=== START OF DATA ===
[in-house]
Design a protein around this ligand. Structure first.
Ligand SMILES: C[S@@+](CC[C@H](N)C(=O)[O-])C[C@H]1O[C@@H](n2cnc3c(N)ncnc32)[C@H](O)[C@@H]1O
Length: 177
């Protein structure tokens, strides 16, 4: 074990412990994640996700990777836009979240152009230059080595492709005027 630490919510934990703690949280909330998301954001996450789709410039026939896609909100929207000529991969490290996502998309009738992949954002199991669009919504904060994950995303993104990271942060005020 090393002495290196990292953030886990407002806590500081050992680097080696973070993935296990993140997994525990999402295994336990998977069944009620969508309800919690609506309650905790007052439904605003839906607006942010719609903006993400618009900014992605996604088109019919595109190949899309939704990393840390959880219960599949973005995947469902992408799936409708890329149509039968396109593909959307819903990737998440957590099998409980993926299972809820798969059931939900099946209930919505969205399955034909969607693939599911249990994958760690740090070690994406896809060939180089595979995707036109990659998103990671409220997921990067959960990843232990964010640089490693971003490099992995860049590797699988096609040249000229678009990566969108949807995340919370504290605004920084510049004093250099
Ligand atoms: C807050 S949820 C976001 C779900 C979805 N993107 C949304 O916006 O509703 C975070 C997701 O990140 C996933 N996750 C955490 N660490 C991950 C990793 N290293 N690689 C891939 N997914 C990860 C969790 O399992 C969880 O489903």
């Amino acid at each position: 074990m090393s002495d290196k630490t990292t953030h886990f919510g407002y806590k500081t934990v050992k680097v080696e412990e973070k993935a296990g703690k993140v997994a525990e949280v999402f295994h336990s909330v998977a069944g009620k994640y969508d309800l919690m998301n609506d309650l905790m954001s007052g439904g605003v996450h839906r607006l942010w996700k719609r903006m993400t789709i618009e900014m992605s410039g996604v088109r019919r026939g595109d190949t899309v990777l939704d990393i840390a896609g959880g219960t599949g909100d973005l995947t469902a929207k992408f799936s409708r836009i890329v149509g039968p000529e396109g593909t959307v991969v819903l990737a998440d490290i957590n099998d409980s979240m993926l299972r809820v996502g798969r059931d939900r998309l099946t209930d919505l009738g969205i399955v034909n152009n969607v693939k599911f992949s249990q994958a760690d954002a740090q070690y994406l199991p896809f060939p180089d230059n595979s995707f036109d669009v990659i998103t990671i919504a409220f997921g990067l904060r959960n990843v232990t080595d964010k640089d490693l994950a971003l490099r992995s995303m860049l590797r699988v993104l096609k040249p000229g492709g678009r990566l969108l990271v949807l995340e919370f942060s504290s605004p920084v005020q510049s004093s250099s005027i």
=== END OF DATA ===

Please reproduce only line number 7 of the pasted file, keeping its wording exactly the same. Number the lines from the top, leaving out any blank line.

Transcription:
């Amino acid at each position: 074990m090393s002495d290196k630490t990292t953030h886990f919510g407002y806590k500081t934990v050992k680097v080696e412990e973070k993935a296990g703690k993140v997994a525990e949280v999402f295994h336990s909330v998977a069944g009620k994640y969508d309800l919690m998301n609506d309650l905790m954001s007052g439904g605003v996450h839906r607006l942010w996700k719609r903006m993400t789709i618009e900014m992605s410039g996604v088109r019919r026939g595109d190949t899309v990777l939704d990393i840390a896609g959880g219960t599949g909100d973005l995947t469902a929207k992408f799936s409708r836009i890329v149509g039968p000529e396109g593909t959307v991969v819903l990737a998440d490290i957590n099998d409980s979240m993926l299972r809820v996502g798969r059931d939900r998309l099946t209930d919505l009738g969205i399955v034909n152009n969607v693939k599911f992949s249990q994958a760690d954002a740090q070690y994406l199991p896809f060939p180089d230059n595979s995707f036109d669009v990659i998103t990671i919504a409220f997921g990067l904060r959960n990843v232990t080595d964010k640089d490693l994950a971003l490099r992995s995303m860049l590797r699988v993104l096609k040249p000229g492709g678009r990566l969108l990271v949807l995340e919370f942060s504290s605004p920084v005020q510049s004093s250099s005027i």